1984: Reagan sweeps Mondale in another Republican landslide. Mondale, a widely-respected and experienced establishment liberal had defeated Gary Hart and Jesse Jackson (**) to get the Democratic nomination (525-13; 58.8-40.6). Note that the popular vote results were essentially the same in 1980 and 1984

1988: Michael Dukakis emerged from a crowded Democratic field as a somewhat surprising mild favorite to defeat George Bush. Bush campaign manager Lee Atwater introduced the savage tactics that have come to define Republican politics ever since. Dukakis responded poorly, and also made the ill-advised decision under pressure to replace long-time adviser John Sasso as campaign manager with the inexperienced Susan Estrich. The upshot was yet another Republican landslide (426-111; 53.5-45.6), although there were glimmers of hope: Dukakis won Oregon and Washington and came close in California. Note: What It Takes, Richard Ben Cramer’s account of the ‘88 campaign is to this day the definitive book about presidential politics. It’s must-read for anyone who wants to understand the politics of the time.

1992 and 1996: To many of us who had been there, Bill Clinton rescues the Democratic Party from oblivion, twice prevailing in a three-candidate race. Even so, he was unable to garner 50% of the popular vote (43 and 49.2%). Clinton left office as one of the most popular presidents in memory.

While this puts the ‘84 election in perspective, it’s still no more than the head on the glass of beer. The full story of the direction of the Democratic Party is an exceptionally complex one that involves the two Kennedy assassinations, the Vietnam War, Watergate, the Civil Rights movement, the feminist movement, and the counterculture of the Sixties.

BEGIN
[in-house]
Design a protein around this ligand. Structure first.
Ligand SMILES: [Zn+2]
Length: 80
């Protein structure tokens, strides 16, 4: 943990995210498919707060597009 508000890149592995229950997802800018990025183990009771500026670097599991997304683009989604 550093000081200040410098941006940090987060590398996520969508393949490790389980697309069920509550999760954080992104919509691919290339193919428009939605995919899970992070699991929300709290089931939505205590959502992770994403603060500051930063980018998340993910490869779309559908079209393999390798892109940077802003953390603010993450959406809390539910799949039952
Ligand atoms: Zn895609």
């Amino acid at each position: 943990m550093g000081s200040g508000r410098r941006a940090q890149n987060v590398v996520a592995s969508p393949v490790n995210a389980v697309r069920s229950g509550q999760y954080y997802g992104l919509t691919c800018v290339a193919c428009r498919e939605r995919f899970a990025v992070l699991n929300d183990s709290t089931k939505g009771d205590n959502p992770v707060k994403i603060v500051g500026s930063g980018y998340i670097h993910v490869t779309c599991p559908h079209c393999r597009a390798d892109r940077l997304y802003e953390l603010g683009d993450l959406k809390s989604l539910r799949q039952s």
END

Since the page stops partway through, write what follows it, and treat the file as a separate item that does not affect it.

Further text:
(*) Full disclosure: I voted for Teddy Kennedy in the Texas primary.

(**) Full disclosure: I voted for Jesse Jackson in the Texas primary and was a Jackson delegate at the Travis County Democratic convention.

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Well said, Mr.Willis. I also hate to give up on people, but it's become clear to me that I don't want to waste my time with people who have closed themselves to any messaging beyond their cult. Focus on our folks and the persuadable folks. Governing with a solid majority remains possible on those terms.

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I think Dems should stop trying to persuade them with rhetoric. This obviously won't work! Some believe wild things about certain people (Tom Hanks, LOL) being possessed by demons and secret plots to inject trackers into your blood and they believe a different thing every day. In addition, the major racists have chosen a side & won't be deterred. However, the Dems should not give up on the PEOPLE in these areas because they are in a certain way influenced by the struggles of their regions so possibly the only solution does have to be to not totally write them off but to attend to the country as a whole--basically for the good of the country as well as for the fact these areas have a lot of people who aren't voting, are in very dire straits and do not deserve to be drowned just because fossil fuel industries and other corrupting elements have captured their state politics.

Generally, in local politics you do find some reasons for the political situation that isn't just 'these people have chosen their fate.' It's never so cut & dry. The national government should be for all the people.

I realize you aren't suggesting this as a matter of policy but sometimes people do & it's a big mistake in the long run. We don't know how this will play out long term and we do see state politics are complex when we look closely. There are good people doing hard and necessary work to address corruption in politics in many benighted areas of America & I hope the Dems we elect will give them support.